Like two troublesome students being pulled into the principal’s office, President Trump’s top two health officials were called to the White House on Wednesday for a mediation. The message they received from Vice President Mike Pence and White House Chief of Staff Mick Mulvaney was simple, per reports: They need to figure out a way to get along.
Health and Human Services Secretary Alex Azar and Medicare and Medicaid chief Seema Verma have been engaged in a public power struggle over the last year, with each seemingly seeking to undermine the other both on policy and in the press. The feud has stifled Trump’s health agenda and created another turf war between two bureaucrats in an administration largely defined by its interpersonal conflict.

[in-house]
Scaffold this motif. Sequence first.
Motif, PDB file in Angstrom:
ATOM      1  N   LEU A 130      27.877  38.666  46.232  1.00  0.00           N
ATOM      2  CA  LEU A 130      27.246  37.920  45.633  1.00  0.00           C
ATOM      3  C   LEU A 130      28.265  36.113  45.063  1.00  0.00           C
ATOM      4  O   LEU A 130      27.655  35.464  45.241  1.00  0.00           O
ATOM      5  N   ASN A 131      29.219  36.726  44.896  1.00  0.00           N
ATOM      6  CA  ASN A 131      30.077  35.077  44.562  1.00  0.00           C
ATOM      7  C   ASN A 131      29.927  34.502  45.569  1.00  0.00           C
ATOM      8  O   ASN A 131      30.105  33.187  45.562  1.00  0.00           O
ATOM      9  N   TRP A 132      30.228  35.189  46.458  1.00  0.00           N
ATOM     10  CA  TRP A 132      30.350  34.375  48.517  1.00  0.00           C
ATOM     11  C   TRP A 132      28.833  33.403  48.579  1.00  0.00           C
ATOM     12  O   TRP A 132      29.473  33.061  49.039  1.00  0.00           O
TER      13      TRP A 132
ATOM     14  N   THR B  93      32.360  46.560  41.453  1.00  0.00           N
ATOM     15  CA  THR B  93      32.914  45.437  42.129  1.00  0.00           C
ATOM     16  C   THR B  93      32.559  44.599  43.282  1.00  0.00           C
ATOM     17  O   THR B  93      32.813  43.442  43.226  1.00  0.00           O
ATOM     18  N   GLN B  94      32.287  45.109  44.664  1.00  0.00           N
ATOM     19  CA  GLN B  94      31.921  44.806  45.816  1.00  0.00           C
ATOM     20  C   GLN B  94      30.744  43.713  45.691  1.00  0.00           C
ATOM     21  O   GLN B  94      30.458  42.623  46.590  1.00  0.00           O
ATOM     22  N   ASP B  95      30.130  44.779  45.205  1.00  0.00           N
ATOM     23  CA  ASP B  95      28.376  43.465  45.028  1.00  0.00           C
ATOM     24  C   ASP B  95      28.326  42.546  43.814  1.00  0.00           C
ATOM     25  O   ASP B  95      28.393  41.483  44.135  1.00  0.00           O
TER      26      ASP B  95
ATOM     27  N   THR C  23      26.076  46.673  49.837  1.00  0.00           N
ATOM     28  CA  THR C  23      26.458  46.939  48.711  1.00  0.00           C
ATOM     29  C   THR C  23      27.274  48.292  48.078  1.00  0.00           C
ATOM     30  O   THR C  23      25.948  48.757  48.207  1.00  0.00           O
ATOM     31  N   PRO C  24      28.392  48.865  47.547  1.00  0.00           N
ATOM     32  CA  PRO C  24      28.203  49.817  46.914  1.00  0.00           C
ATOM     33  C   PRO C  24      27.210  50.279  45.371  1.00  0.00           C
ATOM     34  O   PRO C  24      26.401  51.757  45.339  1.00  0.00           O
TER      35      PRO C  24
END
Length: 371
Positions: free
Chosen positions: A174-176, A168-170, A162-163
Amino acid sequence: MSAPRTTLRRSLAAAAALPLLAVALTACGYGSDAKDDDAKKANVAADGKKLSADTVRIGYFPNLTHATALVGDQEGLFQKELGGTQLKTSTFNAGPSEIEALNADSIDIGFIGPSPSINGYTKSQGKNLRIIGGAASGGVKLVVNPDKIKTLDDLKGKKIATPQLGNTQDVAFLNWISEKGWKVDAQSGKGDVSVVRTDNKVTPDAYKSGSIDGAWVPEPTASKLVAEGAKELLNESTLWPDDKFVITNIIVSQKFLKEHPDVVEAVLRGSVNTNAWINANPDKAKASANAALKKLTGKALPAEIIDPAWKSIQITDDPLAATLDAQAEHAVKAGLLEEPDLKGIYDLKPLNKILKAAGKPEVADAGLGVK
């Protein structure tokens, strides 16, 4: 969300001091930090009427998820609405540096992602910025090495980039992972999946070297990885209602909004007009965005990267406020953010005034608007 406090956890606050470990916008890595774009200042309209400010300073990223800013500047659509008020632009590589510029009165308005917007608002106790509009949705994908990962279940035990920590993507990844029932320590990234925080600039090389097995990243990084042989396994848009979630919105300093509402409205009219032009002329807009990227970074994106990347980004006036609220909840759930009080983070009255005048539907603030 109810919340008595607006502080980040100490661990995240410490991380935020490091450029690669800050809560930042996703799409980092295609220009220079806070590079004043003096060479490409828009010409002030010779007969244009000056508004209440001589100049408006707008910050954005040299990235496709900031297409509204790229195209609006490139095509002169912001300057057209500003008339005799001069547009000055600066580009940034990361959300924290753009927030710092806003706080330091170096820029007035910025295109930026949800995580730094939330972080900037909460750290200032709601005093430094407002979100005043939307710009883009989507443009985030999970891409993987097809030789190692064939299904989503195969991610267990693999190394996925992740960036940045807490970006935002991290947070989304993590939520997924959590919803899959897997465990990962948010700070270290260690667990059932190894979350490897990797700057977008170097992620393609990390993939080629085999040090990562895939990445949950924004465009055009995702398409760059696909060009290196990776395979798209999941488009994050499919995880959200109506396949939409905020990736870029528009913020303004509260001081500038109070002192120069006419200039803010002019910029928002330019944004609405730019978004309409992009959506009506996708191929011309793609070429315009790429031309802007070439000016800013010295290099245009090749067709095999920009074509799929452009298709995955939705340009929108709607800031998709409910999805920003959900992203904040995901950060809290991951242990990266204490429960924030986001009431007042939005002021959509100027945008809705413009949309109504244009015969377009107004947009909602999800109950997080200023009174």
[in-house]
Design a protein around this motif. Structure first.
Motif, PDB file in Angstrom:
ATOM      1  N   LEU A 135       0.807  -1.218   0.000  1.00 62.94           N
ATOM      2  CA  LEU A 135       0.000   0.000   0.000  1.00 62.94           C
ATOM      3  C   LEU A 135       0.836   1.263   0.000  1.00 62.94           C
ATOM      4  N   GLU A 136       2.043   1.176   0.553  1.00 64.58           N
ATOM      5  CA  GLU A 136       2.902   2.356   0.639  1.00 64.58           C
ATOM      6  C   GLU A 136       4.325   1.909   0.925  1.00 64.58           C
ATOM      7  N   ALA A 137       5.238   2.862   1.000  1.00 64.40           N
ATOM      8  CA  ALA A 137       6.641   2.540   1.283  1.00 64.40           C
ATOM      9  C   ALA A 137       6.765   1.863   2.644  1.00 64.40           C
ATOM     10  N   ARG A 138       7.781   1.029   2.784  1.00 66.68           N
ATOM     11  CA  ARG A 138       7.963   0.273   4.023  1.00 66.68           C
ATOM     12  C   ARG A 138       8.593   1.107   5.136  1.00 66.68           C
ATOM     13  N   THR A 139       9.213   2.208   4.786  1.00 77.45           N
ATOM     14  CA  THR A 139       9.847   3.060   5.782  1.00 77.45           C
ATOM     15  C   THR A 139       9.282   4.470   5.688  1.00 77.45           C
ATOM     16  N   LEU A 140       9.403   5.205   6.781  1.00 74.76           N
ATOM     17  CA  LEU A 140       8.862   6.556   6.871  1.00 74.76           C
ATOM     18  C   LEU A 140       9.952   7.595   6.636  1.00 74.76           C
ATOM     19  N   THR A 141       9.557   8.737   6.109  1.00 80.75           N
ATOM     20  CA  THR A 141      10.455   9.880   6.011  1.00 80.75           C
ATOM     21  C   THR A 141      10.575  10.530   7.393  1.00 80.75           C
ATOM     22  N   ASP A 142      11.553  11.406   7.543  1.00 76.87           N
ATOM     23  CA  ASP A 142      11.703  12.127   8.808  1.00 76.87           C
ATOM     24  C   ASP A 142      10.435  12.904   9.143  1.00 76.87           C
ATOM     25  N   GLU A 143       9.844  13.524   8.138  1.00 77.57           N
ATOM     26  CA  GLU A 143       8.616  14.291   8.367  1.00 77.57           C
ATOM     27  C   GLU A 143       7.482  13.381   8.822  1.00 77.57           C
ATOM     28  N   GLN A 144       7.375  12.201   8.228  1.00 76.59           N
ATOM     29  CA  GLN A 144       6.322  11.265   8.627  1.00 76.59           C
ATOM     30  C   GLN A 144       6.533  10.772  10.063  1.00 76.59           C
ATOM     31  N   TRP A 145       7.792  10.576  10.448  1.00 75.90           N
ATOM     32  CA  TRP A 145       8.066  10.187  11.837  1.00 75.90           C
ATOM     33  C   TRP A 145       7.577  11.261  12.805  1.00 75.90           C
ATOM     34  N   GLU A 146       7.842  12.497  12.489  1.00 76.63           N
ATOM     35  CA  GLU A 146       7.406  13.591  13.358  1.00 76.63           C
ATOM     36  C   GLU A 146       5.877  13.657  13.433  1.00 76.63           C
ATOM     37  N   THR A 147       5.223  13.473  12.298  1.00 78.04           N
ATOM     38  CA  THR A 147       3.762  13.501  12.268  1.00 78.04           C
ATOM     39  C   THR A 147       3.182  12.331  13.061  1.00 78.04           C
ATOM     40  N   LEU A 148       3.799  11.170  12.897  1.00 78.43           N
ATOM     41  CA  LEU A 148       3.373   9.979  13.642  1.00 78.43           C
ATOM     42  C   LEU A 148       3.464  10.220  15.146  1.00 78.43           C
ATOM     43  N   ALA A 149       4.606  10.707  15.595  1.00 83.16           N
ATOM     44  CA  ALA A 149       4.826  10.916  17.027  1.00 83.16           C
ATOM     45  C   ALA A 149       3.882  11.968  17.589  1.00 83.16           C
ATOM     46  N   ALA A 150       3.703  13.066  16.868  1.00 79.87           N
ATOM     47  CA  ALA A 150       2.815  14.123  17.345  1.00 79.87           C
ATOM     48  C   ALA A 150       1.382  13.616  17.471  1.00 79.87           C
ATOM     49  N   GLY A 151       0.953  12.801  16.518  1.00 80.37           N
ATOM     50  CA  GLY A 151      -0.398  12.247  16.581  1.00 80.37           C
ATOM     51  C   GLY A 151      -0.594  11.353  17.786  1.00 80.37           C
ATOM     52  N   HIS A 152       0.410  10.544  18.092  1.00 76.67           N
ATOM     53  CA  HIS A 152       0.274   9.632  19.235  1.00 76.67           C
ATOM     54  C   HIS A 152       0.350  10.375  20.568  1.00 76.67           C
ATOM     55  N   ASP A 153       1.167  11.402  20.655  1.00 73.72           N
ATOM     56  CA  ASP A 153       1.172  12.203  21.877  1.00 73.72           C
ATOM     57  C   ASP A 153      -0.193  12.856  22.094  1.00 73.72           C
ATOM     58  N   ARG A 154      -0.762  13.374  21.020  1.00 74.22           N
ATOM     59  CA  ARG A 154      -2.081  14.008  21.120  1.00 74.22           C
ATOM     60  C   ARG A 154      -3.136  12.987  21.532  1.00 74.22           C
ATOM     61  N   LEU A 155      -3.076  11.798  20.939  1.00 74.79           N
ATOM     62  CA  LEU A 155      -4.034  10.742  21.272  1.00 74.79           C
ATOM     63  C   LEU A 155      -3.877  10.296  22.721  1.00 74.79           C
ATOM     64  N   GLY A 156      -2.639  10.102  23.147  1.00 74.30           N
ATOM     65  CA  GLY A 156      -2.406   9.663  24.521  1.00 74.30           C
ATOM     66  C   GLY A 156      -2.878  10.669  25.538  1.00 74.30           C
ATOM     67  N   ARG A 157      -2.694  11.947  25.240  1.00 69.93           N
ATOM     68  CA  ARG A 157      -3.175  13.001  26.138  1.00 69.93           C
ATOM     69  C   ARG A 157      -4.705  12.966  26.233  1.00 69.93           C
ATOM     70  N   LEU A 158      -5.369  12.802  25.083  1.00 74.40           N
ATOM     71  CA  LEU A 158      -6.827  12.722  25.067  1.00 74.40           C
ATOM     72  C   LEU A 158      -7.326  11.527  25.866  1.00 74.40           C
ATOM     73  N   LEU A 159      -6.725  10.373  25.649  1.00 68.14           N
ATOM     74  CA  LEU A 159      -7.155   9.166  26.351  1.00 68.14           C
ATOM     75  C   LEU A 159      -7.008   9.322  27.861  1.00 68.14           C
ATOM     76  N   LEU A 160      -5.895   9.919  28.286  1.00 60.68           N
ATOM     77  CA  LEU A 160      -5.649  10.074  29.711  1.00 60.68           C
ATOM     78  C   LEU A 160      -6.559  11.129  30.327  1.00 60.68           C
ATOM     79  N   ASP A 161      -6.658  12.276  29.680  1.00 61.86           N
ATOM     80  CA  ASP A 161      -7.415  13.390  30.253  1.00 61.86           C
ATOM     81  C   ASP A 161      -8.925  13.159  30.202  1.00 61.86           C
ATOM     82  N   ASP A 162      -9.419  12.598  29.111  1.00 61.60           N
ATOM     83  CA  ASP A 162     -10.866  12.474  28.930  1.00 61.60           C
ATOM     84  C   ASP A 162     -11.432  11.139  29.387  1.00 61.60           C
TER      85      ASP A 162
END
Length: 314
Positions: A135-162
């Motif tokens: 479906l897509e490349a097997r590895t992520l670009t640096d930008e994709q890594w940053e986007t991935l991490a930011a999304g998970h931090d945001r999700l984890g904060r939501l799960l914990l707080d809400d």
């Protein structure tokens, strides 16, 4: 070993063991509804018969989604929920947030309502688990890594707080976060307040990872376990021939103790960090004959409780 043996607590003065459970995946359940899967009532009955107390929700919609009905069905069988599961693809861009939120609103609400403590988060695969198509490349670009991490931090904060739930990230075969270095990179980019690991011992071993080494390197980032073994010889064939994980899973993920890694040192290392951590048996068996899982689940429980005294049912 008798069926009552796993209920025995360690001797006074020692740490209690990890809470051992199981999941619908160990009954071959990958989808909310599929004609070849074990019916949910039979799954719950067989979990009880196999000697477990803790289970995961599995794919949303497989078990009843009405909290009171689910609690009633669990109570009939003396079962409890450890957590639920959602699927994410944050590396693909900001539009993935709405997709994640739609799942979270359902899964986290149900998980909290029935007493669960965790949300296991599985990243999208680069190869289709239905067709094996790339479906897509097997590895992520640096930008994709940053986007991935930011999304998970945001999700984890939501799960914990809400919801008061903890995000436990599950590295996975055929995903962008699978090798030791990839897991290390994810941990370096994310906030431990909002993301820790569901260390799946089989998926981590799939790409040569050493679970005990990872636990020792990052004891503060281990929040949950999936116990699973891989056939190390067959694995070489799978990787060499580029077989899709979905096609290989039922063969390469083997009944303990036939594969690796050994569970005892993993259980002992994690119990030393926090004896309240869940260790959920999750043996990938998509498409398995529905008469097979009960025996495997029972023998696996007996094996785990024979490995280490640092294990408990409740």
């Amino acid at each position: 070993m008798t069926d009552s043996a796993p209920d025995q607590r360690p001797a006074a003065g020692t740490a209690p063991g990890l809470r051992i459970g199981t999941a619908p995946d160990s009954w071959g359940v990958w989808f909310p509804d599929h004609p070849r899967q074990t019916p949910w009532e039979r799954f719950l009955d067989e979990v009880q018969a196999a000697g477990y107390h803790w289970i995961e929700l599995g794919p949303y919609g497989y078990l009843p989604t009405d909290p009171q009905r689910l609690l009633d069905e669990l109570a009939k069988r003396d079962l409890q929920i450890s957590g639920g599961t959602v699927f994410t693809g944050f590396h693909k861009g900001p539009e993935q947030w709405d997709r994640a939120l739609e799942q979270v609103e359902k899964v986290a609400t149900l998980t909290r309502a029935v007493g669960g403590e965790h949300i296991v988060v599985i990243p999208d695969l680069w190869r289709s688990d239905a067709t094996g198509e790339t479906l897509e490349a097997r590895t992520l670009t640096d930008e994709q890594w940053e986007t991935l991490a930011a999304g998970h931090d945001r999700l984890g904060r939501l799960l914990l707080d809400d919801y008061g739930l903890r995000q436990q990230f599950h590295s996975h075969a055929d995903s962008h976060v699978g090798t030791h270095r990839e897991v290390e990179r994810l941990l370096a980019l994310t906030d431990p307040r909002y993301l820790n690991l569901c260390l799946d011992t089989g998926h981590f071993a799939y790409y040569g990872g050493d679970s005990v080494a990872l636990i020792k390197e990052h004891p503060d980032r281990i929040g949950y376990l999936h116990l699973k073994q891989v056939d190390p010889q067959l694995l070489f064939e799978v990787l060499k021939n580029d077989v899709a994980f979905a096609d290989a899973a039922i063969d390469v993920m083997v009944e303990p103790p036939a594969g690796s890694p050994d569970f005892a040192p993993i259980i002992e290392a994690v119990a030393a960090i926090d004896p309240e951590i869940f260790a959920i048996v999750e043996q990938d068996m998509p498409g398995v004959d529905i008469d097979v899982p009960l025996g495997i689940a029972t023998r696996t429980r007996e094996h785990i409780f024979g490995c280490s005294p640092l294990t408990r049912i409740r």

The dispute is in part about personal issues: Verma’s complaints prompted the health department to hire a lawyer to investigate claims of sexual discrimination (none was found), and her side blames Azar’s for damaging leaks about her spending on public relations.
But it’s also about policy: Verma has undercut Azar’s plans to rein in drug prices, a top Trump priority, while Azar disparaged Verma’s proposal to replace the Affordable Care Act.
The conflict is one reason Trump’s health care record is an unwieldy combination of undercooked, headline-driven initiatives to bring down costs and legally dubious attempts to cut the safety net.
Trump’s agenda has been torn from the start between his populism on the campaign trail, when he attacked pharma and promised he would never cut Medicaid, and the ideological conservatism of his actual administration, which became the first to pursue Medicaid work requirements and block grants. It’s been hard to pick a path and stick to it with his two lieutenants undermining the other on their respective issues.